“Make sure you keep the car filled up with gas,” my husband warned me. I could go into labor with my daughter any day now, and the drive to Presbyterian Hospital was roughly twenty miles from our house in the East Mountains.
“Of course,” I reassured him, having every intention of honoring his request.
The baby’s due date came and went. Two days before, at the doctor’s office, I had been dilated to one centimeter. I suspected my midwife of giving me that “one centimeter” pronouncement out of pity. During my eighth month of pregnancy I’d had constant contractions, but as soon as September had rolled around all the contractions stopped.
I knew that second deliveries could be very different from the first one, but I didn’t think it would be that different.
I’d started going into labor a week before my first daughter’s due date. However, she must have changed her mind once we got to the hospital. After twenty-seven hours of back labor and three hours of pushing, Haven Grace was born. She may have been a week early, but she took her sweet time making an entrance into the world. This time I wasn’t going to rush to the hospital only to labor in a hospital room when I could just as easily labor at home.
Thus, the night before Vivienne’s birth, I’d slept on the couch because of contractions. There was no use in my husband and I both losing sleep. I heard him rustling around in the kitchen the next morning, but I was too tired to mention that I might be in labor. Besides, if I was, based on my last experience, he probably had time to go to work, play a round of golf, and then leisurely make his way home.
He left for work. I took Haven on a walk. We live on a hill, so our walk included a few inclines and declines. Haven wanted to be carried. One of our neighbors wanted to chat. Growing increasingly uncomfortable, I slowly made my way back home.
Still in a bit of denial about being in labor I called my husband and asked him to come home. It felt a little like admitting defeat. Except I’d begun to feel a bit frantic, walking to the couch for relief from the contractions, then back to the bedroom, pacing like a wild animal.
Our amazing neighbor, Monika, stopped by at the very moment that I was wondering what I was going to do with Haven. She very sweetly took our daughter over to her house.
When Chris came home I couldn’t even talk between contractions. I remember looking out the window at him as he loaded the car, heard him swear when he saw the gas gauge on empty, wanting to call out, “You should wear comfortable shoes!” He might be on his feet for hours in dress shoes. But I couldn’t get the words out.
I had to stop twice from our front door to the car.
“How far apart are they?” Chris asked about my contractions. I had no idea. I’d been too busy just trying to get through them, I couldn’t be bothered to look at a clock. Haven’s labor had been long and arduous, but at least I’d been able to rest between contractions.
Since I couldn’t speak, I squeezed his hand to let him know when another one was coming.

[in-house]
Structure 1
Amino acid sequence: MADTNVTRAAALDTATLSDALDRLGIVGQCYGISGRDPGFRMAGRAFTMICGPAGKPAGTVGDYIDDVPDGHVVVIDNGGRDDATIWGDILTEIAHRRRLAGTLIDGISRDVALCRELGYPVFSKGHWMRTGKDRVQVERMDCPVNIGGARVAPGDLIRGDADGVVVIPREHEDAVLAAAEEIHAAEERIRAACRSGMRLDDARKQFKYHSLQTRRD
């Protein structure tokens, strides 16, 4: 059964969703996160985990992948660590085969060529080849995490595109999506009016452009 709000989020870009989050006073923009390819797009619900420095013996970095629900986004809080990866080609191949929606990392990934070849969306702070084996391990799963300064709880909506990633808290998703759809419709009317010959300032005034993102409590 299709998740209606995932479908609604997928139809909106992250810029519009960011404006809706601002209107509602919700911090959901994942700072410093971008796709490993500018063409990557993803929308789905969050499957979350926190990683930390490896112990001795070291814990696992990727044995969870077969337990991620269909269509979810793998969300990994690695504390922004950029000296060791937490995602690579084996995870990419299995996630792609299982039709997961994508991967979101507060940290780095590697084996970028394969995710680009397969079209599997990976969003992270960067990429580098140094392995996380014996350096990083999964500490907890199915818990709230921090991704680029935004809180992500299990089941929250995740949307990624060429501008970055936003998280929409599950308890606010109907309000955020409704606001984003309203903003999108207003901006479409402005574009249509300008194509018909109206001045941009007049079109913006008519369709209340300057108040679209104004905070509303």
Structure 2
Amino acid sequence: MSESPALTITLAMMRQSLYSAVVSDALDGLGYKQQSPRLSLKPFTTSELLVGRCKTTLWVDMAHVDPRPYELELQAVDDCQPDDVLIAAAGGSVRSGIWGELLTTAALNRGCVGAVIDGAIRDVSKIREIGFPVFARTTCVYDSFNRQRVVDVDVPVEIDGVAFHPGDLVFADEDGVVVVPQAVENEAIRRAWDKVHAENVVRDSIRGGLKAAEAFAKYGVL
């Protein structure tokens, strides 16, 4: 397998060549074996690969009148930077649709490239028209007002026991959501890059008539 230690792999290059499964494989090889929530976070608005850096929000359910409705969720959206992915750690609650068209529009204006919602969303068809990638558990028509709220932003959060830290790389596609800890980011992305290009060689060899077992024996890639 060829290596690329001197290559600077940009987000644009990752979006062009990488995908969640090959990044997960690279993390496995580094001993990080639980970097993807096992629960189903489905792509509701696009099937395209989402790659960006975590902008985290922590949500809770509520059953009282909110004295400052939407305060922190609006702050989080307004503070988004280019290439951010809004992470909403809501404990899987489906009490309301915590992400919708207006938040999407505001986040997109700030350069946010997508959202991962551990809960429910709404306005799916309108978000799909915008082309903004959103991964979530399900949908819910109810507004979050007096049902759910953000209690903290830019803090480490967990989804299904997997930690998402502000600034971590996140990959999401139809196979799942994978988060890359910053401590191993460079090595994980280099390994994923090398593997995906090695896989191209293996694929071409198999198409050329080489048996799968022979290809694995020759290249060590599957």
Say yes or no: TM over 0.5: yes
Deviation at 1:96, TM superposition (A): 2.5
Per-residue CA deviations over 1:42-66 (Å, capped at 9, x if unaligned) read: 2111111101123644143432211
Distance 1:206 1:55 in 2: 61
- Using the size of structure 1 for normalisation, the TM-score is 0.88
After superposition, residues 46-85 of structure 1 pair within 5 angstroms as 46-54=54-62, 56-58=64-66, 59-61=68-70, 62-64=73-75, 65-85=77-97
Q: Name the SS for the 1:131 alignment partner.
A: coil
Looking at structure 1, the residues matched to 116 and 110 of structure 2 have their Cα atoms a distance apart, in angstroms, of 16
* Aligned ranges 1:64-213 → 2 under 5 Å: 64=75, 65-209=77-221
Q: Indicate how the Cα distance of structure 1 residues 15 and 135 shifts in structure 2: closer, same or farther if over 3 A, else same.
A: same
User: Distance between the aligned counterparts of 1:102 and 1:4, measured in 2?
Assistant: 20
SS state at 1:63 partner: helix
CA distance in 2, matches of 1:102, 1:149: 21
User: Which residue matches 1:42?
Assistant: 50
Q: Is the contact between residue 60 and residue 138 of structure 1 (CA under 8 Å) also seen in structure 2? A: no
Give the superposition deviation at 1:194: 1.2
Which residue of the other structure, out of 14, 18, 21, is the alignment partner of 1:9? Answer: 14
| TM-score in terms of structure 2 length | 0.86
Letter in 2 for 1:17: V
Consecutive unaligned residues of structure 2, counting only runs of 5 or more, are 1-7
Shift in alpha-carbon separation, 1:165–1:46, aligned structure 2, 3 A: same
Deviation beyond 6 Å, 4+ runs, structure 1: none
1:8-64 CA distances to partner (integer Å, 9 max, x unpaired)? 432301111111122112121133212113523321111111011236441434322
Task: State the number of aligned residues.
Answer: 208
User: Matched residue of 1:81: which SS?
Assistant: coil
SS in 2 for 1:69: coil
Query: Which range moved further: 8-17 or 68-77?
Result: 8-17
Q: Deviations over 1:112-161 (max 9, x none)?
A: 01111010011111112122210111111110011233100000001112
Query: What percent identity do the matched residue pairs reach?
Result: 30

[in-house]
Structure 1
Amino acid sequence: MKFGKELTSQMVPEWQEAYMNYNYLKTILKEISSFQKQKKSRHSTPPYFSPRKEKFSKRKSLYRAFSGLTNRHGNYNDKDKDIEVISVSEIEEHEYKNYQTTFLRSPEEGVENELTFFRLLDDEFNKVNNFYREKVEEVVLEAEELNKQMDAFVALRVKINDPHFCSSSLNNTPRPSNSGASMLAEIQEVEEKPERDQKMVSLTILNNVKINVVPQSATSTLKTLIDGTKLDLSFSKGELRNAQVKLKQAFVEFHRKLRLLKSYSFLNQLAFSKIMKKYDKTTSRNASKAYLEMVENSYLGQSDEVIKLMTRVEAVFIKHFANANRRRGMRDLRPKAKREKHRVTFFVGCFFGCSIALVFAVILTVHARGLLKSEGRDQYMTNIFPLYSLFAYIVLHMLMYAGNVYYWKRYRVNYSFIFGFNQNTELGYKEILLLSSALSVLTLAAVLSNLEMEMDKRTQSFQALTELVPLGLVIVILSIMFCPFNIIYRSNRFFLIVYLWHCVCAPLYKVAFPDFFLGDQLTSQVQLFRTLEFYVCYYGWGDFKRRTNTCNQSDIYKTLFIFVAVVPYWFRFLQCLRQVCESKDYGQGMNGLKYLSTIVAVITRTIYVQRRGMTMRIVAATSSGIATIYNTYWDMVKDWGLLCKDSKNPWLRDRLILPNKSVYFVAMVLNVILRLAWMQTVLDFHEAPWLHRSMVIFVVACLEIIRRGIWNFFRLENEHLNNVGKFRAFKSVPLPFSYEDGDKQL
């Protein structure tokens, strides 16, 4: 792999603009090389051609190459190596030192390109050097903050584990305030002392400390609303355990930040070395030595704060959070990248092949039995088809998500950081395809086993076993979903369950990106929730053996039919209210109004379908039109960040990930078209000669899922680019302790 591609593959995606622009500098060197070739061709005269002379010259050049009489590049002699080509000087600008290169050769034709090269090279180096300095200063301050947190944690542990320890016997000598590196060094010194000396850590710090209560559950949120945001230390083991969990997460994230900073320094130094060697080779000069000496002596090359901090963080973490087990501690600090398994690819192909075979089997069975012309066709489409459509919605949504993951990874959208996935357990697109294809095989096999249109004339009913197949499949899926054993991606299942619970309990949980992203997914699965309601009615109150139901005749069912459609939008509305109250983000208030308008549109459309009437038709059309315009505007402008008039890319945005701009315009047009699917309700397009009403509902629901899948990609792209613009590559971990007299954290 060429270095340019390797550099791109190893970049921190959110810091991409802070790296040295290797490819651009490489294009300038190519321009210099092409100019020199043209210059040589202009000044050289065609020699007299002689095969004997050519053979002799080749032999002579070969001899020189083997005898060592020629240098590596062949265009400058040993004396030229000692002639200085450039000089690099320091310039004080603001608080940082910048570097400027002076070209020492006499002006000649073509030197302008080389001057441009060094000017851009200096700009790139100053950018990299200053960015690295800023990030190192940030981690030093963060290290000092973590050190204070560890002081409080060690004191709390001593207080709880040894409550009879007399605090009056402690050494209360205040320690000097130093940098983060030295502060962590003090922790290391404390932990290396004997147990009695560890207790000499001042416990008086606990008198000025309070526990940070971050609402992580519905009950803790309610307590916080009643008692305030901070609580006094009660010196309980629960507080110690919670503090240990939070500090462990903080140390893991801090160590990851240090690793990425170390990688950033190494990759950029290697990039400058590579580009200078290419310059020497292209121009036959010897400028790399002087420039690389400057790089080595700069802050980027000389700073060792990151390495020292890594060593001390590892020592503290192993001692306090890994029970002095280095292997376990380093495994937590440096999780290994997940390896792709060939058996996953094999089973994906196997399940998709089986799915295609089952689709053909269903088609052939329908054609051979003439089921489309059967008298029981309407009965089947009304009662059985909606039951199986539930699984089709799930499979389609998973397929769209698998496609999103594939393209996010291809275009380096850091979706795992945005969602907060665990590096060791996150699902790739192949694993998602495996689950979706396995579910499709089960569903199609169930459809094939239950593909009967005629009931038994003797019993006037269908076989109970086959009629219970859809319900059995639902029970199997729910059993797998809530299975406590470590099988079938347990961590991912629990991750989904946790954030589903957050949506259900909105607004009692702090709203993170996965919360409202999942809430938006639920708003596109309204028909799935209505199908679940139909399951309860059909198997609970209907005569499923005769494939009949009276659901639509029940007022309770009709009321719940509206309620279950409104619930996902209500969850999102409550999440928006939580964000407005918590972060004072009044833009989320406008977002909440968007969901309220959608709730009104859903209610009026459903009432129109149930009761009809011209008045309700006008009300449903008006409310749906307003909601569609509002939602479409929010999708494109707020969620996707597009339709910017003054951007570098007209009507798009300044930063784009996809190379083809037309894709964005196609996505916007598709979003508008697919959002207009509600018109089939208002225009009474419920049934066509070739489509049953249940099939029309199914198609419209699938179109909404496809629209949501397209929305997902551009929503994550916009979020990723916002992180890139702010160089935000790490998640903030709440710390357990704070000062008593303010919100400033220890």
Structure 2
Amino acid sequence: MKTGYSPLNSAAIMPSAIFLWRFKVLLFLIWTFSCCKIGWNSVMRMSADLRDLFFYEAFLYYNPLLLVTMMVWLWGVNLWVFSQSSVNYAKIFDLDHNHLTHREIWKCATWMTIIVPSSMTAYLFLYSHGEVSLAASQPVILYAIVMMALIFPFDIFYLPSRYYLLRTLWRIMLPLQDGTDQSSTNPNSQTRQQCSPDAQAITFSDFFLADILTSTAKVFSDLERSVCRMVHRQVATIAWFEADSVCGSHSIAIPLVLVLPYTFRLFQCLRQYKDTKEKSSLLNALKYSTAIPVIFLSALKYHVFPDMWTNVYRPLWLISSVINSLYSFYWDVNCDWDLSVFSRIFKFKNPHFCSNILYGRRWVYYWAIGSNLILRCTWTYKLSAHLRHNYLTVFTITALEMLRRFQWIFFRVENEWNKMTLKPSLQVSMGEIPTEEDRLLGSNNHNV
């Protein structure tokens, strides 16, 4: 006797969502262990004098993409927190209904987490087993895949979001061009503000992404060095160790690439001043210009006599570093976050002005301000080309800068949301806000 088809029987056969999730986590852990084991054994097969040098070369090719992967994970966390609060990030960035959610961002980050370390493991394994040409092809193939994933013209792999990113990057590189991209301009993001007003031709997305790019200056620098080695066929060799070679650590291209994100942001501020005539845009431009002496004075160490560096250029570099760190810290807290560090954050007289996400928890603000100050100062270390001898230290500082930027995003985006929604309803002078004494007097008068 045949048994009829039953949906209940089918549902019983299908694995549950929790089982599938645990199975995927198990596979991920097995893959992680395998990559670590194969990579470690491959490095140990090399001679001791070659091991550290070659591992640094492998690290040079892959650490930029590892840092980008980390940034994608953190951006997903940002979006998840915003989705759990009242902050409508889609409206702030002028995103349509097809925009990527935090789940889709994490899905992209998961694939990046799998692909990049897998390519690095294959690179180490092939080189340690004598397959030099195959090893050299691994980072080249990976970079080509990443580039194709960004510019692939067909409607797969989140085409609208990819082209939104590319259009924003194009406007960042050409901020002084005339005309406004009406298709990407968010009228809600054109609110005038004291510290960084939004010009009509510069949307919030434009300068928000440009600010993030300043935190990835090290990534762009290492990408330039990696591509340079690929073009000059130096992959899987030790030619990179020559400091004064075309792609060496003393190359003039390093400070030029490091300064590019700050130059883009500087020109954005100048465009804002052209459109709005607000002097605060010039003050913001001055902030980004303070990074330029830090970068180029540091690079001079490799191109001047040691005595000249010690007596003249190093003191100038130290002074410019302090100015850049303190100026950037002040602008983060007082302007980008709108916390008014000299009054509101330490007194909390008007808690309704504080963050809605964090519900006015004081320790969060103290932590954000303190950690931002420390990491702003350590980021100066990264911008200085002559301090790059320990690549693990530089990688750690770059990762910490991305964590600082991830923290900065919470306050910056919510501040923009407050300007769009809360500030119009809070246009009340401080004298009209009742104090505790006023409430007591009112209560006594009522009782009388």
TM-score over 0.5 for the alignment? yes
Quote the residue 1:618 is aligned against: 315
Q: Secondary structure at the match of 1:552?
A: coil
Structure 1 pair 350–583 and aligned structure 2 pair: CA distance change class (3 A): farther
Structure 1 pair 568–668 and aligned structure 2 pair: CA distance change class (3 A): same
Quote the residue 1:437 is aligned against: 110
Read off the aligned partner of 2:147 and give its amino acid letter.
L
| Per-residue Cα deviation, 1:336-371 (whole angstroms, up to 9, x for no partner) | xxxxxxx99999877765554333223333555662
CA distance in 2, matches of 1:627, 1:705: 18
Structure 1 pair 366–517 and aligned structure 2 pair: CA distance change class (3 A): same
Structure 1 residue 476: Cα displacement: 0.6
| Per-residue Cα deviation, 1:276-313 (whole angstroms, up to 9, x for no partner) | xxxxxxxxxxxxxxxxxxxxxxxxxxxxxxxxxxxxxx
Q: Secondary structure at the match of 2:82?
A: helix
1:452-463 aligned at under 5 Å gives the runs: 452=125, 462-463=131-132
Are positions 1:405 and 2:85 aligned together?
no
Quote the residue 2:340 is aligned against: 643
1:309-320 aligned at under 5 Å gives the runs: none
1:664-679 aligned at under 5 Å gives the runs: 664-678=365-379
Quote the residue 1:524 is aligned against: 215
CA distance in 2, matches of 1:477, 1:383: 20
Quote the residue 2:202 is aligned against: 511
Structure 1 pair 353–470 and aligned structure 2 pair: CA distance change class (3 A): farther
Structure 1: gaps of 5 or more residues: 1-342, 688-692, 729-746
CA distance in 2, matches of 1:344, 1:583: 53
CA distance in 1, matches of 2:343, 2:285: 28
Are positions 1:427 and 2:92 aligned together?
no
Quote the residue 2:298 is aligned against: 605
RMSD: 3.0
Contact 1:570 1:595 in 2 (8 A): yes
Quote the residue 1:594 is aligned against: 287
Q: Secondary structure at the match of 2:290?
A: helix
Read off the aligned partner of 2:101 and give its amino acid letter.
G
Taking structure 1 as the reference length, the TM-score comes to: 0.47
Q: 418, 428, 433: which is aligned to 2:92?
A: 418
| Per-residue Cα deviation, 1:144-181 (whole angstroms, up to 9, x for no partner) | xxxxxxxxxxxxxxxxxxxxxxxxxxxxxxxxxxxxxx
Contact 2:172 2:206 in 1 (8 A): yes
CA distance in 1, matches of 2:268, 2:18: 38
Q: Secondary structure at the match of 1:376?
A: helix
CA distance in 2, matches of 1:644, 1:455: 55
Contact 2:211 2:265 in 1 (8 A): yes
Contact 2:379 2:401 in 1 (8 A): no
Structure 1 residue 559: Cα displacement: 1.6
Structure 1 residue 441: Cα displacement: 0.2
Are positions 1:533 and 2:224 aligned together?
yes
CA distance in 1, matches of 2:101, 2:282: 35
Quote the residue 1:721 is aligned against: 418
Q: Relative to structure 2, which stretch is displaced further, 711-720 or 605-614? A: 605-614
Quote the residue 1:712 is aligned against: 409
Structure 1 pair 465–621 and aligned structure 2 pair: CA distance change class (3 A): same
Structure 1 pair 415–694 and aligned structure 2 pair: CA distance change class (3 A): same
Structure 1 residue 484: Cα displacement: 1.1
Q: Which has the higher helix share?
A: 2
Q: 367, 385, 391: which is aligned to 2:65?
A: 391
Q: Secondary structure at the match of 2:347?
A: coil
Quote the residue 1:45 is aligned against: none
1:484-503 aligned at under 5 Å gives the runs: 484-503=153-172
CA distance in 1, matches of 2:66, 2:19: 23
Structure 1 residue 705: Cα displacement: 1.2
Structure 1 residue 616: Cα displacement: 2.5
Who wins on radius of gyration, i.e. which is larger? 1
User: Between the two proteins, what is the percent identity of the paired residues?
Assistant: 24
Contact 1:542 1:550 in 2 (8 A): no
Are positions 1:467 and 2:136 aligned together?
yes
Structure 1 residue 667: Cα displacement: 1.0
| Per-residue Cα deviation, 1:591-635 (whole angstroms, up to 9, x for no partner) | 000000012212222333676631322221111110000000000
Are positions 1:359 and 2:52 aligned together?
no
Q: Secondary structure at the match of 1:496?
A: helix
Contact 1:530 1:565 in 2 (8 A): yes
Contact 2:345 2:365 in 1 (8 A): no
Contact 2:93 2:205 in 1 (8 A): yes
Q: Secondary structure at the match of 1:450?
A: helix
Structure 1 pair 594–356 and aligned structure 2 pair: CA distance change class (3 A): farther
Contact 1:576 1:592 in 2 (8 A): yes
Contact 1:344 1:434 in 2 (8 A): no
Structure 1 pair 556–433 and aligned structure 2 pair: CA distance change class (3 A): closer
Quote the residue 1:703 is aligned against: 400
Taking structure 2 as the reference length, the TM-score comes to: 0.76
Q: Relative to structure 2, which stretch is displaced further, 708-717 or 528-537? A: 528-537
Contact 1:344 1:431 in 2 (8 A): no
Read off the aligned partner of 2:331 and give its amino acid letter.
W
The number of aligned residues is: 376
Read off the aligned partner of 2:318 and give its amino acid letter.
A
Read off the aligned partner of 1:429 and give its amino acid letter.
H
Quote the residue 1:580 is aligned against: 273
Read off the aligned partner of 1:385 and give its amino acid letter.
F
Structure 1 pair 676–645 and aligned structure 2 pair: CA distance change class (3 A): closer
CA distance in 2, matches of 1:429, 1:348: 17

They went from five minutes to three minutes during the drive to Presbyterian where I hung on to the door handle like it was a life raft.
At the Hospital
In a final act of defiance, I declined the offer of the wheelchair when we safely made it to the hospital. I made it a few feet in the door and meekly asked Chris to find a wheelchair for me.
When we got to the hospital, the nurse asked me over and over again how many babies I’d had, how far apart my contractions were.
“Tell her I want an epidural!!!” I begged my mom in between breaths. I didn’t want to miss that magical needle this time. With Haven I’d wanted to give birth naturally. About twenty-seven hours in, though, when I was ready for any kind of relief, I was informed it was too late.
My mom told the nurse, but she didn’t seem to understand the urgency. When she finally checked me, she could feel the baby’s head. She whisked me out of triage almost immediately and pushed me down the hall to delivery.
As soon as I got into bed I told her again I wanted an epidural.
“Sure, we’ll just have to give you an i.v. first. If your water breaks, though, it’ll be too late.”
Wasn’t going to be a problem. My water didn’t break with Haven until she was practically crowning 30 hours later.
They put the needle in my arm to start the drip and my water broke. I wanted to cry. But, I didn’t have a chance to feel sorry for myself because I immediately felt the urge to push.
“She has to push!” my mom told the nurse. There was some sort of flurry as the two nurses in the room rushed to call a doctor, but I wasn’t waiting. I didn’t even know what was going on or who was in the room with me. Three slight pushes later and Vivienne was born. With black hair and a bruise on her face from her fast journey through the birth canal.
“I can’t believe you didn’t ask me to stay at home this morning,” Chris admonished.
“I thought I had time.”
“And the car was on fumes.”
“Hey, we made it,” I reminded him. “And I really wanted a epidural.”